There were sections of climbing that were cut out, which also meant that one of the obstacles that had really been a challenge for many people but I thought was one of the highlights, Solar Walls, was not used.  Another big complaint from last year was that the trusses used for the rig type obstacles were too high for many racers; this year, different trusses to make the rigs more in reach, and boxes were placed to make it easier for shorter athletes to reach.

Post-race:

One of the disappointing things was that after the race, the free post-race refreshment was limited to water; even a banana after finishing would have been very welcome.

A big change for the race was that the shirts are now distinct for the different event that was completed (Sprint, Challenge, Tier-1, and Endurance); they are a soft poly-cotton blend that is very comfortable, but seem to run a bit small (I went up a size from medium to large anticipating a small amount of shrinking due to the cotton). The medals were redesigned instead of being a repeat from previous years’ medals (another common complaint). The Endurance medal, unlike last year’s debut event, is now larger than the Tier-1 medal.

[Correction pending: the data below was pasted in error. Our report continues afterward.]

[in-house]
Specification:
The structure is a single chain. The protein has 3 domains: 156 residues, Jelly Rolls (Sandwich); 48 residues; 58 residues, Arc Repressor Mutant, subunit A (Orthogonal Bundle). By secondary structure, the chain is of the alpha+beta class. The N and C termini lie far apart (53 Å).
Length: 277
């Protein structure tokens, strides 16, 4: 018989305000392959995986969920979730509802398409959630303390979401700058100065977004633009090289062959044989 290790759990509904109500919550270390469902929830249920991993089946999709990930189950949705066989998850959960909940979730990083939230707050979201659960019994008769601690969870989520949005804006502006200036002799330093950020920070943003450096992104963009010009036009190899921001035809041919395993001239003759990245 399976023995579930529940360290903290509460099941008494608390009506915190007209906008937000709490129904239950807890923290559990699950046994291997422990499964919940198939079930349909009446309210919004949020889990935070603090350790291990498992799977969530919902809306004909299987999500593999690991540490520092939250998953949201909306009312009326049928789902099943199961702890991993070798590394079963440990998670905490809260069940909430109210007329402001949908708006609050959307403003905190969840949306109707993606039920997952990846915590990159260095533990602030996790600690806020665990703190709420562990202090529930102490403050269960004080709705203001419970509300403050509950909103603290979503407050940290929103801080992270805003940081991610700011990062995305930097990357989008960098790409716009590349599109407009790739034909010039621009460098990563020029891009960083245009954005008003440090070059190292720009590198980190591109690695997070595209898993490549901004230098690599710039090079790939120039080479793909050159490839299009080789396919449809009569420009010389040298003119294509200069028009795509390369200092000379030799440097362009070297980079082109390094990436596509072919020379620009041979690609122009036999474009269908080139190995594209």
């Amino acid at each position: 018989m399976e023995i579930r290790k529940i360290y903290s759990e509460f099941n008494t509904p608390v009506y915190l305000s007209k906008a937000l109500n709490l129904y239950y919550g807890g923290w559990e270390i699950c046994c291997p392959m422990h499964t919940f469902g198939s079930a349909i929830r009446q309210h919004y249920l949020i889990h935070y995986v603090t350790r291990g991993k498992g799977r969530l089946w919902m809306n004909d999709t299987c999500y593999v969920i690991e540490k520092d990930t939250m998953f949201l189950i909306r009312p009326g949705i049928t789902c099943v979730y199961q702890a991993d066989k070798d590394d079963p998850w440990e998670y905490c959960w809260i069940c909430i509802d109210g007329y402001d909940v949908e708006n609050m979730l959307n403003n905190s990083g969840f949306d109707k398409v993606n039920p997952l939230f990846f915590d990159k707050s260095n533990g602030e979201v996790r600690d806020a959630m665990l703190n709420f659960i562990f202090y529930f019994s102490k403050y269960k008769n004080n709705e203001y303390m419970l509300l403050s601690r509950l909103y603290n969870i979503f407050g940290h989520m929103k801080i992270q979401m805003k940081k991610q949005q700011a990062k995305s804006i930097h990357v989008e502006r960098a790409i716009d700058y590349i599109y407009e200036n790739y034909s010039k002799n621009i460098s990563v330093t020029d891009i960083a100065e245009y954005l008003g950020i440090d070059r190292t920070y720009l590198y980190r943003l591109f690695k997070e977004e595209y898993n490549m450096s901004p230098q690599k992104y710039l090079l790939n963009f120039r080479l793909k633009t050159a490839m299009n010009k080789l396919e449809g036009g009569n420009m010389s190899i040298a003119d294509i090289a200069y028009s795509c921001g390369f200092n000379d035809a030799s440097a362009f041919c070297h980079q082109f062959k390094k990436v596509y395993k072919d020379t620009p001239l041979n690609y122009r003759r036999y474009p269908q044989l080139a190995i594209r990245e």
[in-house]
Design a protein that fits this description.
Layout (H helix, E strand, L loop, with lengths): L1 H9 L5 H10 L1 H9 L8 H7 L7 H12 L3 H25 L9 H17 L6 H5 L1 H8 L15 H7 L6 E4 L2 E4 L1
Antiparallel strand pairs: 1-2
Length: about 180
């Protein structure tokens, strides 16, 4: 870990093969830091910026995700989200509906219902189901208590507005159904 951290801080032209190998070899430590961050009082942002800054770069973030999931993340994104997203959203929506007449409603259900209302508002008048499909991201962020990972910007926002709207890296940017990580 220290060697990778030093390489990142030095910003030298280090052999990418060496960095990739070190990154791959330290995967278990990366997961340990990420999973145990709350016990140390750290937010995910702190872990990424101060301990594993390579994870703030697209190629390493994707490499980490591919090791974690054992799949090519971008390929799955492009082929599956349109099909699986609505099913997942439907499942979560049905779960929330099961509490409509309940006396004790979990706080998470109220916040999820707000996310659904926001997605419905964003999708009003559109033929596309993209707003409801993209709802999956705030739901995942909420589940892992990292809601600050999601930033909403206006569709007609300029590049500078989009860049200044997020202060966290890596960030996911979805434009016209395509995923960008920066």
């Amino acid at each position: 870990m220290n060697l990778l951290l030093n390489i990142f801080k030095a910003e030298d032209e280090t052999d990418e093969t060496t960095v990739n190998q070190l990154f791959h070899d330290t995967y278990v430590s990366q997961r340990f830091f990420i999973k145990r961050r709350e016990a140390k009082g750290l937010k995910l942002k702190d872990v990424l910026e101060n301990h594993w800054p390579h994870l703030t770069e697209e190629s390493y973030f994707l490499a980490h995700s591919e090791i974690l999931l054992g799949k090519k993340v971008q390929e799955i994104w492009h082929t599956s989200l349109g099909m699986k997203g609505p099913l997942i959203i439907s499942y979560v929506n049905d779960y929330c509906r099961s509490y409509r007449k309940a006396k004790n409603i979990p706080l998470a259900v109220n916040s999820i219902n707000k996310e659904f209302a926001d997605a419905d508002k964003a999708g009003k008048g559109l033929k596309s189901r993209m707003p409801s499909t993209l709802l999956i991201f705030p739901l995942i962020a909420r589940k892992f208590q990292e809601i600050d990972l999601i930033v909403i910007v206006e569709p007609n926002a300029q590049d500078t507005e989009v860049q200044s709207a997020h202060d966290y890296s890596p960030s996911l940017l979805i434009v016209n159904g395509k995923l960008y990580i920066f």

For a post-race meal, the outdoor grill was open serving up hamburgers, cheeseburgers, sausages and hotdogs (veggie burgers for a meat-free option), with chips and a beverage for around $10.

Summary:

Overall, this race was a very challenging event, due to the terrain and the numerous obstacles which tested many aspects of physical and mental fitness. The tribute to the fallen service members was a very important touch to the flavor of the event. While this year’s event did improve on a number of issues from previous years, there are a few minor changes that can still be made to improve the overall experience.